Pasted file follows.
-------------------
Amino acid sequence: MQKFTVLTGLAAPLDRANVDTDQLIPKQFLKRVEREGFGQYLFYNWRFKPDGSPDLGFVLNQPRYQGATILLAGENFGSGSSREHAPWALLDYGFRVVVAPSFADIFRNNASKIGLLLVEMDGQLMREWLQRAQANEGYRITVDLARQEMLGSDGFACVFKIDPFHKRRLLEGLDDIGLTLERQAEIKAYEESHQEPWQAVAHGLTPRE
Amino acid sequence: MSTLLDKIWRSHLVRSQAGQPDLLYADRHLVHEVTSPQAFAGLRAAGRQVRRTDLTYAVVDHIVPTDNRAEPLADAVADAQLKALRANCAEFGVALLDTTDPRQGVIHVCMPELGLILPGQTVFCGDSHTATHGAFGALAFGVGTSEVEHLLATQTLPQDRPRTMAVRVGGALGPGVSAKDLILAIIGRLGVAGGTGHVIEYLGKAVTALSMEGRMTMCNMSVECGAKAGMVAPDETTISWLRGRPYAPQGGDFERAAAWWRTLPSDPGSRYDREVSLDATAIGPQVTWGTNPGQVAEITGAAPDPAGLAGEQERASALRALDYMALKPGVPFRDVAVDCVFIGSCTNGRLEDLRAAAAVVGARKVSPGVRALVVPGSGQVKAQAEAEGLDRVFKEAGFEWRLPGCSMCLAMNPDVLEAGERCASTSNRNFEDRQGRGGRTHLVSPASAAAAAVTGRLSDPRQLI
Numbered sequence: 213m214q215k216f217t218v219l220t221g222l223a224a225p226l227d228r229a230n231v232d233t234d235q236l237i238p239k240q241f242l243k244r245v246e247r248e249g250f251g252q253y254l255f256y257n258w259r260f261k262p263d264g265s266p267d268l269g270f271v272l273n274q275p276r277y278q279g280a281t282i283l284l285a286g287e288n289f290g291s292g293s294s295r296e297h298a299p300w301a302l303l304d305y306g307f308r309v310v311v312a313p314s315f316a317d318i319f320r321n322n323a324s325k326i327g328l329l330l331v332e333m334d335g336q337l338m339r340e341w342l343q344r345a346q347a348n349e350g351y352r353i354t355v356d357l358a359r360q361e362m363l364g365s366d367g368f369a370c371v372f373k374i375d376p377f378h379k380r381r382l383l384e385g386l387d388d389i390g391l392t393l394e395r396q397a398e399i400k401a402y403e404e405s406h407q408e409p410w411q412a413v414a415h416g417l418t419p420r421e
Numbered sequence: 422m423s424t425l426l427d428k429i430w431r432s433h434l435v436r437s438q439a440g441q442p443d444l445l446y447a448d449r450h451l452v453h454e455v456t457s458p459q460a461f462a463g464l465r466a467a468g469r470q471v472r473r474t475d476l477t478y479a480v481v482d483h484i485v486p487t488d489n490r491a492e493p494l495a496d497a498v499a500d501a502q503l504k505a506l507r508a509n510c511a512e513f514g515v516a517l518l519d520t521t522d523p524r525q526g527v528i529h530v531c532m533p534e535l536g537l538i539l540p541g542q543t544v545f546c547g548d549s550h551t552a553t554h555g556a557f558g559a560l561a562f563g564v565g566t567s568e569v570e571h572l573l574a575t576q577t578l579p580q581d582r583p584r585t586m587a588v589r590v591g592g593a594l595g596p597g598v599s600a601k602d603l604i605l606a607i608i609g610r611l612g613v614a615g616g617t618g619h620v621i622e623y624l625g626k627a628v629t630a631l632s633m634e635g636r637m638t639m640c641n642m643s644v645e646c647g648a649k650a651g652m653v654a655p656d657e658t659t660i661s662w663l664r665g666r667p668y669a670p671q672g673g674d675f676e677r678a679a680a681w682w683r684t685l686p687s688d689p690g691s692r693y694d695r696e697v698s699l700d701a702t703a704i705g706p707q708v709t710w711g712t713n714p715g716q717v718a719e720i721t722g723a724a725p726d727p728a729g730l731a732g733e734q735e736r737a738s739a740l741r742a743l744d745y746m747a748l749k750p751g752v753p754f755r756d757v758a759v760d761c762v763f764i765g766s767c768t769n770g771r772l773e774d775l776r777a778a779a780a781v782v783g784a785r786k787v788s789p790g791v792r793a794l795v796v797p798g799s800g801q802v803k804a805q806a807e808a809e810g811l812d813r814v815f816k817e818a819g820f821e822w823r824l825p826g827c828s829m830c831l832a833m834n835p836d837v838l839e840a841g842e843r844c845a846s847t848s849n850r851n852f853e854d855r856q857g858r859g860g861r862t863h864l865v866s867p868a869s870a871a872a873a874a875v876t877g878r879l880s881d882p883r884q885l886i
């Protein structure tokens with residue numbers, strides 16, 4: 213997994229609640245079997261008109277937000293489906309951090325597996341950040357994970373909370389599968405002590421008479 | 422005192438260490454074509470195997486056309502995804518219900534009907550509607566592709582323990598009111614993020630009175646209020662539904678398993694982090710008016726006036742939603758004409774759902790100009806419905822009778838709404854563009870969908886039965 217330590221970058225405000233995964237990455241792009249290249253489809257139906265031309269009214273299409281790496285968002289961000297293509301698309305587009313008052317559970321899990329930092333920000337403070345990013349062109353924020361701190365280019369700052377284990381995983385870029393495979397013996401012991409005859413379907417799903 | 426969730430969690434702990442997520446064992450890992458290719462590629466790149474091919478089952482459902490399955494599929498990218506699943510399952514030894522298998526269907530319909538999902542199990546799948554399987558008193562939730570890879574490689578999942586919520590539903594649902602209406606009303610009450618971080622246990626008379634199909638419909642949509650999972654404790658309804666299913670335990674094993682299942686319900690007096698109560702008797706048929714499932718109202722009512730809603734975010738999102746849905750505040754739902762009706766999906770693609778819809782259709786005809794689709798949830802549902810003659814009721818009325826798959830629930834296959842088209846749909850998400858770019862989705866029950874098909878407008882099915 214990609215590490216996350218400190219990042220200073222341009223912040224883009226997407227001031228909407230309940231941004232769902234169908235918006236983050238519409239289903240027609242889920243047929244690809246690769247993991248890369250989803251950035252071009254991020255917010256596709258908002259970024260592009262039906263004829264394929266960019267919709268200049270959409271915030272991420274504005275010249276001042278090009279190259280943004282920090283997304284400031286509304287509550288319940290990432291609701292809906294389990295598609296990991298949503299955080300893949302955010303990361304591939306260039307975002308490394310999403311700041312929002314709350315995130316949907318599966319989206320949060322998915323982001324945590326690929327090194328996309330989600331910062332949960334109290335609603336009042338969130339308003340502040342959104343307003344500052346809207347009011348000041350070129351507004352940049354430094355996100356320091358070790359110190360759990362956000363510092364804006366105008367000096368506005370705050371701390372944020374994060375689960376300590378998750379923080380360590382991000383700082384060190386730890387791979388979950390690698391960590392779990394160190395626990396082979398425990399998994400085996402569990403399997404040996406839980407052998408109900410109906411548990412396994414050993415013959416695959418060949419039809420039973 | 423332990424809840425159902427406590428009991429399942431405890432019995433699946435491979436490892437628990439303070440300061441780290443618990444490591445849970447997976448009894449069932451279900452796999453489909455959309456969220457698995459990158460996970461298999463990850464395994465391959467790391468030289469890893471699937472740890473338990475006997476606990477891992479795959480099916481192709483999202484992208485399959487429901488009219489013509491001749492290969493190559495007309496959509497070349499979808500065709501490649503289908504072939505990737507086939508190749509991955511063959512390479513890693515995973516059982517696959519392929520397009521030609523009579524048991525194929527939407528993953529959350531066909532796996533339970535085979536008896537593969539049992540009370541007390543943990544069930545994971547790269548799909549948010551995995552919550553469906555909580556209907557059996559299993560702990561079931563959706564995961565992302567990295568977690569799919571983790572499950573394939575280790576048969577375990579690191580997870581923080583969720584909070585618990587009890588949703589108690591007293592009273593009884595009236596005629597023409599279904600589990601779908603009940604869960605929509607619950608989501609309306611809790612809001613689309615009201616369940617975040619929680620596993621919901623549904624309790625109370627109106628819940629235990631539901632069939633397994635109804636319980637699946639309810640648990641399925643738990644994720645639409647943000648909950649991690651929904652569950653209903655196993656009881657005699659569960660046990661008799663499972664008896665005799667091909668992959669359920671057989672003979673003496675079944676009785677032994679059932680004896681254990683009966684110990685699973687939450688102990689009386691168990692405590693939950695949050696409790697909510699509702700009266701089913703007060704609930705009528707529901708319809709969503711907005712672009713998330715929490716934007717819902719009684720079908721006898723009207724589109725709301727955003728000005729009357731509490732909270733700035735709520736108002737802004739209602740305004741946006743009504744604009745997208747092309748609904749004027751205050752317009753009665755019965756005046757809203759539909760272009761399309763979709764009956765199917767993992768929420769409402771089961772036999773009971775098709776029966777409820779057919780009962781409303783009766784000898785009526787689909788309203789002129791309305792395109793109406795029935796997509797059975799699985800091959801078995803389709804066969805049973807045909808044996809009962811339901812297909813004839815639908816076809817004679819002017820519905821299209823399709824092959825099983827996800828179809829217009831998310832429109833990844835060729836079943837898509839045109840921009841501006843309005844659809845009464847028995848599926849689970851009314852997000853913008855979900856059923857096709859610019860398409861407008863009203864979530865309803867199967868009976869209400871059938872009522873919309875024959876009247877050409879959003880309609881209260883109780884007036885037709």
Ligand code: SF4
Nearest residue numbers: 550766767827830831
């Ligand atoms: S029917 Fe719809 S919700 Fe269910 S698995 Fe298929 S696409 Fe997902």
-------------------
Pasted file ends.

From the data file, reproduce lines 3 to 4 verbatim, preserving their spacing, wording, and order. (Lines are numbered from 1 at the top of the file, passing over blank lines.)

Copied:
Numbered sequence: 213m214q215k216f217t218v219l220t221g222l223a224a225p226l227d228r229a230n231v232d233t234d235q236l237i238p239k240q241f242l243k244r245v246e247r248e249g250f251g252q253y254l255f256y257n258w259r260f261k262p263d264g265s266p267d268l269g270f271v272l273n274q275p276r277y278q279g280a281t282i283l284l285a286g287e288n289f290g291s292g293s294s295r296e297h298a299p300w301a302l303l304d305y306g307f308r309v310v311v312a313p314s315f316a317d318i319f320r321n322n323a324s325k326i327g328l329l330l331v332e333m334d335g336q337l338m339r340e341w342l343q344r345a346q347a348n349e350g351y352r353i354t355v356d357l358a359r360q361e362m363l364g365s366d367g368f369a370c371v372f373k374i375d376p377f378h379k380r381r382l383l384e385g386l387d388d389i390g391l392t393l394e395r396q397a398e399i400k401a402y403e404e405s406h407q408e409p410w411q412a413v414a415h416g417l418t419p420r421e
Numbered sequence: 422m423s424t425l426l427d428k429i430w431r432s433h434l435v436r437s438q439a440g441q442p443d444l445l446y447a448d449r450h451l452v453h454e455v456t457s458p459q460a461f462a463g464l465r466a467a468g469r470q471v472r473r474t475d476l477t478y479a480v481v482d483h484i485v486p487t488d489n490r491a492e493p494l495a496d497a498v499a500d501a502q503l504k505a506l507r508a509n510c511a512e513f514g515v516a517l518l519d520t521t522d523p524r525q526g527v528i529h530v531c532m533p534e535l536g537l538i539l540p541g542q543t544v545f546c547g548d549s550h551t552a553t554h555g556a557f558g559a560l561a562f563g564v565g566t567s568e569v570e571h572l573l574a575t576q577t578l579p580q581d582r583p584r585t586m587a588v589r590v591g592g593a594l595g596p597g598v599s600a601k602d603l604i605l606a607i608i609g610r611l612g613v614a615g616g617t618g619h620v621i622e623y624l625g626k627a628v629t630a631l632s633m634e635g636r637m638t639m640c641n642m643s644v645e646c647g648a649k650a651g652m653v654a655p656d657e658t659t660i661s662w663l664r665g666r667p668y669a670p671q672g673g674d675f676e677r678a679a680a681w682w683r684t685l686p687s688d689p690g691s692r693y694d695r696e697v698s699l700d701a702t703a704i705g706p707q708v709t710w711g712t713n714p715g716q717v718a719e720i721t722g723a724a725p726d727p728a729g730l731a732g733e734q735e736r737a738s739a740l741r742a743l744d745y746m747a748l749k750p751g752v753p754f755r756d757v758a759v760d761c762v763f764i765g766s767c768t769n770g771r772l773e774d775l776r777a778a779a780a781v782v783g784a785r786k787v788s789p790g791v792r793a794l795v796v797p798g799s800g801q802v803k804a805q806a807e808a809e810g811l812d813r814v815f816k817e818a819g820f821e822w823r824l825p826g827c828s829m830c831l832a833m834n835p836d837v838l839e840a841g842e843r844c845a846s847t848s849n850r851n852f853e854d855r856q857g858r859g860g861r862t863h864l865v866s867p868a869s870a871a872a873a874a875v876t877g878r879l880s881d882p883r884q885l886i